Author name: 
Dr. Sriparna Pathak, Assistant Professor at Nowgong College, Gauhati University and a former Consultant at the Ministry of External Affairs, New Delhi.

The relationship between India and China, often known as the leaders of the Asian century is a complex one and is often labeled as a mix of cooperation and conflict. However, differences in approaches to nontraditional security challenges are rapidly becoming the reason for the relationship tilting in favour of conflict. The latest and additional arena for conflict is that of water. Even though India and China recently inked a Memorandum of Understanding (MoU) this month to share hydrological data, China has been using ecological frontiers such as the Tibetan Plateau and trans-boundary rivers such as the Brahmaputra as political tools.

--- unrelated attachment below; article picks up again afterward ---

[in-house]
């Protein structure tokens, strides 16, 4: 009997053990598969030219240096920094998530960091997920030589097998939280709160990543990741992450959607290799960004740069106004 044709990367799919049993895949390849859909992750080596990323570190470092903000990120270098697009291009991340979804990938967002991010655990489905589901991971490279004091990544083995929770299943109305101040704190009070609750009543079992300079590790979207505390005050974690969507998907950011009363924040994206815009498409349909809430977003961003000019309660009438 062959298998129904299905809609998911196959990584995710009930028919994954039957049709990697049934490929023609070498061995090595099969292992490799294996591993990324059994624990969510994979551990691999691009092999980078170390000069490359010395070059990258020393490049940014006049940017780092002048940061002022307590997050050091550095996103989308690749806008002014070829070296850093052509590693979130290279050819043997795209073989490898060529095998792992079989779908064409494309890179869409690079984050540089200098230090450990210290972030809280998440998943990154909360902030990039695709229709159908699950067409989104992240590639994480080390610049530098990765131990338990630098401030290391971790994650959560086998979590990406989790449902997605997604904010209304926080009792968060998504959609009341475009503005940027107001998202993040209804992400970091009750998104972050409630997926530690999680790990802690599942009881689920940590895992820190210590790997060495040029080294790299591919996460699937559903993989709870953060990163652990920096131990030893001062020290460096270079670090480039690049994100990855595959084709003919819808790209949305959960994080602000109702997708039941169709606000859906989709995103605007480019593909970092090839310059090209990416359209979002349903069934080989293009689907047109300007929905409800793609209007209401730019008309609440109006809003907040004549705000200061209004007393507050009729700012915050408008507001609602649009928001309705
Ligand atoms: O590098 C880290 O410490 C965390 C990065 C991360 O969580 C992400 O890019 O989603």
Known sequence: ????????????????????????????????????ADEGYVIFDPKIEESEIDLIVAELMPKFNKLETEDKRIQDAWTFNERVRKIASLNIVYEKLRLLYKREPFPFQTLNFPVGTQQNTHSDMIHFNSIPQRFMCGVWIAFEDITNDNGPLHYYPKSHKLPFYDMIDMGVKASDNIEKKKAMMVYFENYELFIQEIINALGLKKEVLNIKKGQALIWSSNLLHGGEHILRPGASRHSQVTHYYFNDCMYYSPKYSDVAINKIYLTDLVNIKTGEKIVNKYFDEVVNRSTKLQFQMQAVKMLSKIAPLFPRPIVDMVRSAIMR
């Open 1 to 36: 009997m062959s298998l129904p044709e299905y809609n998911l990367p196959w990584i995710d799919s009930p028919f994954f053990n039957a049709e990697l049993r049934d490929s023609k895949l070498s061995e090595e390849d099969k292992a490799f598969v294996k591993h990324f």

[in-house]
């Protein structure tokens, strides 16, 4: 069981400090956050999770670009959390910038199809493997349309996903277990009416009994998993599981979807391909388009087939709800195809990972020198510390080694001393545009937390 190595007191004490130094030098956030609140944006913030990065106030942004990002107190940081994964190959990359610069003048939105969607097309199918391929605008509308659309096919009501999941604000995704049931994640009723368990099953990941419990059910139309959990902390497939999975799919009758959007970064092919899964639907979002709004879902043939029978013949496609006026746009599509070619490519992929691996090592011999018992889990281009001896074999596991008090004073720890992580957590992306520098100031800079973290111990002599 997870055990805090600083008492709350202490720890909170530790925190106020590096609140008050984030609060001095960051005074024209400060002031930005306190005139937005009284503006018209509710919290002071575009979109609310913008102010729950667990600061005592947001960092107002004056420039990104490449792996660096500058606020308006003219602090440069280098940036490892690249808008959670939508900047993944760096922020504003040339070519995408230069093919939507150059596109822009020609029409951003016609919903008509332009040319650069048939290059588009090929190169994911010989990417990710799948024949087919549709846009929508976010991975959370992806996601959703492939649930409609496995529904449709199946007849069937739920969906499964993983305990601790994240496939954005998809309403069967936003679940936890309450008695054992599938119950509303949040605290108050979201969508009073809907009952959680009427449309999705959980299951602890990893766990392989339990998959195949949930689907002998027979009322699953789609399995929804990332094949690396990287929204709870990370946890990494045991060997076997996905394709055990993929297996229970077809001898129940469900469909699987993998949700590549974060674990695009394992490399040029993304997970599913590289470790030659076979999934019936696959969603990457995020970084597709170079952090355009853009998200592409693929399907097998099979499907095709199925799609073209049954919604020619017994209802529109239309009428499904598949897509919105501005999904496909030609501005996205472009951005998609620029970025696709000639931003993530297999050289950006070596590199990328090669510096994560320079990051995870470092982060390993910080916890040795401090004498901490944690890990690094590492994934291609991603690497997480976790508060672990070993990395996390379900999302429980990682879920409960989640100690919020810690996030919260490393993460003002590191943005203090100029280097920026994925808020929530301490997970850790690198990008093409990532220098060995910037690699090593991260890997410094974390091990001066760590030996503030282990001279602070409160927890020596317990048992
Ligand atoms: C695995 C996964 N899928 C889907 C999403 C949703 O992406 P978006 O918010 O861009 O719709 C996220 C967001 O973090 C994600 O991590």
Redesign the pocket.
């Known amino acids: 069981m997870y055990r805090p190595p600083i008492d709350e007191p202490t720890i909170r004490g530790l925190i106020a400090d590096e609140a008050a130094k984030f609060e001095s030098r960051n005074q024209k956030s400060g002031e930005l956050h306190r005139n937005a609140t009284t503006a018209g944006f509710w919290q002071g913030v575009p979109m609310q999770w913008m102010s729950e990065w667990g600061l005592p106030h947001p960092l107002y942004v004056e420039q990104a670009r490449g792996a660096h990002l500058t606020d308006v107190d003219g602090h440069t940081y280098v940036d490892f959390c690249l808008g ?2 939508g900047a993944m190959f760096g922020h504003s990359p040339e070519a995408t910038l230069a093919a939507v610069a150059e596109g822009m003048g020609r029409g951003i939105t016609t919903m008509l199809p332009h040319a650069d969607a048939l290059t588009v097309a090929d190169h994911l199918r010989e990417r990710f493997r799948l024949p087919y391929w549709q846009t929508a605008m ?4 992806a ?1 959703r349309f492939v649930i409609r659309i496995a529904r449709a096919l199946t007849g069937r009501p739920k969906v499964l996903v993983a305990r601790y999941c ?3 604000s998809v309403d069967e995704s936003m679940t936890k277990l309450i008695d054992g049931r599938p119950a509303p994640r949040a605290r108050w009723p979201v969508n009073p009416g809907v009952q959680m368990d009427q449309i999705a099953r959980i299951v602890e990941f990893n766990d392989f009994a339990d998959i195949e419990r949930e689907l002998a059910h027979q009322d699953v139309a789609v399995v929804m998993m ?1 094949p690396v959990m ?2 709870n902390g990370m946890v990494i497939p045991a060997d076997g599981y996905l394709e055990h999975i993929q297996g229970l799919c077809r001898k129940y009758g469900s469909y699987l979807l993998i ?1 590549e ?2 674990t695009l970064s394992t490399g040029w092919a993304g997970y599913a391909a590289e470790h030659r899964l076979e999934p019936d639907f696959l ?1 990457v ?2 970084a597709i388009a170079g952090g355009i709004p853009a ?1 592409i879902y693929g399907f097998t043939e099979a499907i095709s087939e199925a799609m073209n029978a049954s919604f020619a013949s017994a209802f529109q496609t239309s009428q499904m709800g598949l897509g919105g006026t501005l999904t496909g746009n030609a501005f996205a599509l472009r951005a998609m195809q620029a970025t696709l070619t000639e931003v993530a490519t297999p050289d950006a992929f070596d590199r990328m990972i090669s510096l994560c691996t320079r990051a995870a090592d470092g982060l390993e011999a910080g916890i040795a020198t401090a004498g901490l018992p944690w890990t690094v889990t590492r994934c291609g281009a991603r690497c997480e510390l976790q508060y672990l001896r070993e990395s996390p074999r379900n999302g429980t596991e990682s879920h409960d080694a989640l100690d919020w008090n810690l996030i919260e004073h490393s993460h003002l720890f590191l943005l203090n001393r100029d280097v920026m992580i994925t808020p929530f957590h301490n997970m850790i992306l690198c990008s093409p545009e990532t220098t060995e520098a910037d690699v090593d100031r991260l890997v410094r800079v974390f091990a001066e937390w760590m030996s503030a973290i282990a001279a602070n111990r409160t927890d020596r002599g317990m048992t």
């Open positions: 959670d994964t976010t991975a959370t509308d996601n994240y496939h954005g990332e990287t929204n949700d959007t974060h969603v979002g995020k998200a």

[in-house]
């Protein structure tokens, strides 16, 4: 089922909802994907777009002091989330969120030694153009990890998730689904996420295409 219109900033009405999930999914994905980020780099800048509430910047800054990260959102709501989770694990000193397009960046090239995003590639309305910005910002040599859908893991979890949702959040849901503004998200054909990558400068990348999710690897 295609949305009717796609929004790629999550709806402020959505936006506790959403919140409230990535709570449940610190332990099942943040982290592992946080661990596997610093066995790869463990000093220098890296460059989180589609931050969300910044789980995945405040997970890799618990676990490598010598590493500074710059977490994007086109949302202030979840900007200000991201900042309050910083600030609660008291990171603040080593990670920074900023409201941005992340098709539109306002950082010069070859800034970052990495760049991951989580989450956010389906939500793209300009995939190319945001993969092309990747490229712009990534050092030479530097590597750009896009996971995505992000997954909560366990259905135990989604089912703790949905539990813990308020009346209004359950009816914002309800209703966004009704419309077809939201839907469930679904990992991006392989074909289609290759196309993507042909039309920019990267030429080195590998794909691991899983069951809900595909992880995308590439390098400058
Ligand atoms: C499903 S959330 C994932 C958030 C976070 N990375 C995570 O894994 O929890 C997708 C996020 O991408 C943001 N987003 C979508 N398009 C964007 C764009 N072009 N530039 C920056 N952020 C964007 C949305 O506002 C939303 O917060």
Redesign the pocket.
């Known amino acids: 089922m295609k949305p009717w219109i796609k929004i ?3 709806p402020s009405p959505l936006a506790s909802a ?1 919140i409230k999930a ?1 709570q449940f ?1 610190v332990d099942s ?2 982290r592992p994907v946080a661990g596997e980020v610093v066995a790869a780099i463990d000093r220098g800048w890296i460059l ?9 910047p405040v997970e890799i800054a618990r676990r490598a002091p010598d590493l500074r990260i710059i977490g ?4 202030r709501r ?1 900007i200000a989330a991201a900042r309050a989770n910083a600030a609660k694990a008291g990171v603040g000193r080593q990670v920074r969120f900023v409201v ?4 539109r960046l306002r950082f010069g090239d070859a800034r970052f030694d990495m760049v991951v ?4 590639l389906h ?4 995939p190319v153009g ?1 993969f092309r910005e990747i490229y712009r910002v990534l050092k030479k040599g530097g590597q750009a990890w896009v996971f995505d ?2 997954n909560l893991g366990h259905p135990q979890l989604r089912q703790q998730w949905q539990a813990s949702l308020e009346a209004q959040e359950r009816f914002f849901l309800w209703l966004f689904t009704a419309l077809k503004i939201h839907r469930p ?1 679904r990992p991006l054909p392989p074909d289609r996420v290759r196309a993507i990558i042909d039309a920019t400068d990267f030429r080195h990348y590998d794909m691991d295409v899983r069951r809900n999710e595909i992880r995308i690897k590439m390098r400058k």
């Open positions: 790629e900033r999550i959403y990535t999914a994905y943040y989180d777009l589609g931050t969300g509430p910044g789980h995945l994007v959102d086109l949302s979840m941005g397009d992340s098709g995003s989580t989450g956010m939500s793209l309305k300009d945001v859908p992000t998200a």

Last year during the 73 day long Doklam standoff, China refused to share hydrological data with India, despite the fact that the two sides have two agreements regarding the same and China charges India an annual fee of close to Rs. one crore for the data. Sharing of hydrological data is extremely important for India’s Northeastern states. In general, Beijing provides data from three hydrological stations at Nugesha, Yangcun and Nuxia, lying on the mainstream of the Brahmaputra River and from the station at Tsada for the Sutlej River. However, last year China cited “technical difficulties” for its inability to provide India the data. While certain news reports state that last year China stopped sharing the data because the hydrological data gathering sites were washed away due to floods; other reports state that China could not share the data with India due to the upgradation of data collection stations in Tibet. Of course, there is a huge gap between the two reasons.